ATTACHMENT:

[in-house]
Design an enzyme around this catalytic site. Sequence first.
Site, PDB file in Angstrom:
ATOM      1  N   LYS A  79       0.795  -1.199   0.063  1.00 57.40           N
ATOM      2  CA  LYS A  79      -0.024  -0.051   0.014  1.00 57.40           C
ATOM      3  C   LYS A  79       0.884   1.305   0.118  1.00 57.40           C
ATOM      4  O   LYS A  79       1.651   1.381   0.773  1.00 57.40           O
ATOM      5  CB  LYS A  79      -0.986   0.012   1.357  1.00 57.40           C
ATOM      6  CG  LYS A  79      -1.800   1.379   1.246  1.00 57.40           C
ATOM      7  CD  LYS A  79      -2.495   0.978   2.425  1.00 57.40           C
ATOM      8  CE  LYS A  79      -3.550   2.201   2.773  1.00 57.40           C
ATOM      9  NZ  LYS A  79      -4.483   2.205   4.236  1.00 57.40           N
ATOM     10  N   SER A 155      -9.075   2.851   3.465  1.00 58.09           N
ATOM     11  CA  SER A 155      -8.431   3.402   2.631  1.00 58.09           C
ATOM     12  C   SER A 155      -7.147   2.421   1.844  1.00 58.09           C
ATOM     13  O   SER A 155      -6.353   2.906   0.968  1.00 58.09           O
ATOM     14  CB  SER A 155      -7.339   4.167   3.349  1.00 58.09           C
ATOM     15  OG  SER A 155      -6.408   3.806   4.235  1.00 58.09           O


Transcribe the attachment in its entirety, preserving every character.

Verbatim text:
[in-house]
Design an enzyme around this catalytic site. Sequence first.
Site, PDB file in Angstrom:
ATOM      1  N   LYS A  79       0.795  -1.199   0.063  1.00 57.40           N
ATOM      2  CA  LYS A  79      -0.024  -0.051   0.014  1.00 57.40           C
ATOM      3  C   LYS A  79       0.884   1.305   0.118  1.00 57.40           C
ATOM      4  O   LYS A  79       1.651   1.381   0.773  1.00 57.40           O
ATOM      5  CB  LYS A  79      -0.986   0.012   1.357  1.00 57.40           C
ATOM      6  CG  LYS A  79      -1.800   1.379   1.246  1.00 57.40           C
ATOM      7  CD  LYS A  79      -2.495   0.978   2.425  1.00 57.40           C
ATOM      8  CE  LYS A  79      -3.550   2.201   2.773  1.00 57.40           C
ATOM      9  NZ  LYS A  79      -4.483   2.205   4.236  1.00 57.40           N
ATOM     10  N   SER A 155      -9.075   2.851   3.465  1.00 58.09           N
ATOM     11  CA  SER A 155      -8.431   3.402   2.631  1.00 58.09           C
ATOM     12  C   SER A 155      -7.147   2.421   1.844  1.00 58.09           C
ATOM     13  O   SER A 155      -6.353   2.906   0.968  1.00 58.09           O
ATOM     14  CB  SER A 155      -7.339   4.167   3.349  1.00 58.09           C
ATOM     15  OG  SER A 155      -6.408   3.806   4.235  1.00 58.09           O